Do historic homes need a special type of homeowners insurance?

UPDATED: Oct 9, 2012

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UPDATED: Oct 9, 2012Fact Checked

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Asked October 9, 2012

1 Answer

The problem with older homes is that they sometimes include materials that are no longer used, or which may be cost-prohibitive. For the best coverage, an HO-8 homeowner's policy is designed especially for older homes. Your mortgage company may require you to purchase older home coverage in some cases, but it is for more common for such coverage to be a voluntary decision rather than a mortgage requirement.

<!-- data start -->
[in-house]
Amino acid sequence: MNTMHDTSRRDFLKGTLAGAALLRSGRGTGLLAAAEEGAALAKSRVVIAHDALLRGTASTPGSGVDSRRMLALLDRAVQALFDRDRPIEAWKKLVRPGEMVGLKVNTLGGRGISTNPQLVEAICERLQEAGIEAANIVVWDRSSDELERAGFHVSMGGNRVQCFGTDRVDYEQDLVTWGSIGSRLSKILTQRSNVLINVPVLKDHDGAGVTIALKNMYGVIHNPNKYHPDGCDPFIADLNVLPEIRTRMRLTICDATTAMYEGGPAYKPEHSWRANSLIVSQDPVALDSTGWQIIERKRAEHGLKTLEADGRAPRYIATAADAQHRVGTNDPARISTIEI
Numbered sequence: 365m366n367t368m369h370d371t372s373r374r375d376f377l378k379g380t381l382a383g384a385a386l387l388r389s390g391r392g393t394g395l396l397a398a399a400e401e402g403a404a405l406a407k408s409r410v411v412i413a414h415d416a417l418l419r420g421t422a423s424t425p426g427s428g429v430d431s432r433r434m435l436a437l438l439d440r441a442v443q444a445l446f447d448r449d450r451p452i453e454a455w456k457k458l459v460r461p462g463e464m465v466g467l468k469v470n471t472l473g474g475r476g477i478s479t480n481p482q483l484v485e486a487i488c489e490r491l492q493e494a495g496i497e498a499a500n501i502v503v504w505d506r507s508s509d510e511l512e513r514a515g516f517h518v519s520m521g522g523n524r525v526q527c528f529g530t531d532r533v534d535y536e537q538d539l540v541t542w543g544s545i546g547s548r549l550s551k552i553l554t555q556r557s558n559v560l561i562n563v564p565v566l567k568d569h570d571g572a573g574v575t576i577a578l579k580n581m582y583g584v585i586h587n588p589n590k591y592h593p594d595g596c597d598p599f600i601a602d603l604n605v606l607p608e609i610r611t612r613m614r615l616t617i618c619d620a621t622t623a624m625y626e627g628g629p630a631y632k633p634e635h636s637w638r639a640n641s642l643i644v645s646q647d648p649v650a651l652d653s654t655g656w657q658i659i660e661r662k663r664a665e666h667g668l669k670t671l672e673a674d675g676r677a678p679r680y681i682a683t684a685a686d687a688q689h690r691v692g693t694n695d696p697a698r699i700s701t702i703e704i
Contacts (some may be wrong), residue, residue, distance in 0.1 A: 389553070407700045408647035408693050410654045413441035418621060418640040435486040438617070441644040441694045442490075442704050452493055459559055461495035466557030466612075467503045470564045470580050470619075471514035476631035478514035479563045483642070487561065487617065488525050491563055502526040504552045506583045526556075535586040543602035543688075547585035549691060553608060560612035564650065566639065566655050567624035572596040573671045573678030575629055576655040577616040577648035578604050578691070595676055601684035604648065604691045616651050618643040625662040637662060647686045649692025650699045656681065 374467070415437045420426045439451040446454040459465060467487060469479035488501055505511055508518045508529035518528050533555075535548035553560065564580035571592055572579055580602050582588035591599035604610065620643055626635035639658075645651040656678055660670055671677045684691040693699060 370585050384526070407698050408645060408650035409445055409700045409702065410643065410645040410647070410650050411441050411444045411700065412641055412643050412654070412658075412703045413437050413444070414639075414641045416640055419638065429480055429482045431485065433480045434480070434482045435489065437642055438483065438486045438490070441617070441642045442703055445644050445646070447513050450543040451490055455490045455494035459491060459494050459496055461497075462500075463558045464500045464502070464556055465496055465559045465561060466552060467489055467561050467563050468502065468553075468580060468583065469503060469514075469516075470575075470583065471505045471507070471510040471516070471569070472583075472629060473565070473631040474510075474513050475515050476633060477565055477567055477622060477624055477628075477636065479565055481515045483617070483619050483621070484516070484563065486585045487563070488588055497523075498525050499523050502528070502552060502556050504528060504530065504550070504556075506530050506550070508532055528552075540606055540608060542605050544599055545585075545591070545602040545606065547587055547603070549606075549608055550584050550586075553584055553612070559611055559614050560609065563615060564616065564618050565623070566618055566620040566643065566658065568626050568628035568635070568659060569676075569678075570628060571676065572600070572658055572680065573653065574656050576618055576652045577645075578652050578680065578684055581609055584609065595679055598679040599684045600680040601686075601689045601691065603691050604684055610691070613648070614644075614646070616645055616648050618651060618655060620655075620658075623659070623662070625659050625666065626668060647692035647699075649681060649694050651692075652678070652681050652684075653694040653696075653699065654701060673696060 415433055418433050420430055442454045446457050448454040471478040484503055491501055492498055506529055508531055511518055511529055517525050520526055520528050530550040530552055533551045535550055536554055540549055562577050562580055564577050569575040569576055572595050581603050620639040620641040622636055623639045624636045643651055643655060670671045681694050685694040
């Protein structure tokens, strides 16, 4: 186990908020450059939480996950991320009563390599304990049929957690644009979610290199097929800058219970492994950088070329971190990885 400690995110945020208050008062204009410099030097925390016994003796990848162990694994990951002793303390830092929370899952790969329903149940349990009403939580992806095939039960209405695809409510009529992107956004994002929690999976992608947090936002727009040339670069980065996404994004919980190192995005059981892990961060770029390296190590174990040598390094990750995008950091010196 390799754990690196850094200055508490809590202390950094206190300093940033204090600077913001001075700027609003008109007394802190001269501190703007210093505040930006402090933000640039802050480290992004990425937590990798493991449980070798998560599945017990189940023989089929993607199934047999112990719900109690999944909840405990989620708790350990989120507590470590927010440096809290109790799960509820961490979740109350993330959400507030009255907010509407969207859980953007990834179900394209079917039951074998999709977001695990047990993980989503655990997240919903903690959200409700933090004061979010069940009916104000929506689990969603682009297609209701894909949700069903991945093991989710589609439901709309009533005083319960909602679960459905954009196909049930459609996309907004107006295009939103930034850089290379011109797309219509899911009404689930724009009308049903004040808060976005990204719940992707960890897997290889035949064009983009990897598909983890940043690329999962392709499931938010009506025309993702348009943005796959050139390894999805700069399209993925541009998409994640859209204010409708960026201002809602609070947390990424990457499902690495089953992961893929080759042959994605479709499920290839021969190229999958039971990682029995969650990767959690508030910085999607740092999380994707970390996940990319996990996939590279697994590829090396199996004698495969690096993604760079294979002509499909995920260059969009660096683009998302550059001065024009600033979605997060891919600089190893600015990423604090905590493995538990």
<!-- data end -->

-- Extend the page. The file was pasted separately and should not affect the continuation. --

It might be a good idea to have the home appraised by an appraiser that is experienced in older homes. This will give you some insight into what special materials are used in the construction, and an estimated cost for the home. If the home uses special materials that are not readily available or have a high basic cost, it may be in your best interest to get an HO-8 policy.

Some older homes are built with stained glass, special wood or molding that was specially designed or even hand-crafted. Since these things are no longer used in home construction, a standard policy would not be adequate for repairing the home if it is damaged.

As with other types of home insurance, not all perils are covered with an HO-8 policy. Two major examples are floods and earthquakes. If you want coverage for the excluded perils, you will generally have to purchase the special insurance separately, and in some cases you may only be able to get things like flood insurance through high risk insurers or special insurance pools set up by the federal government.

Answered October 9, 2012 by Anonymous

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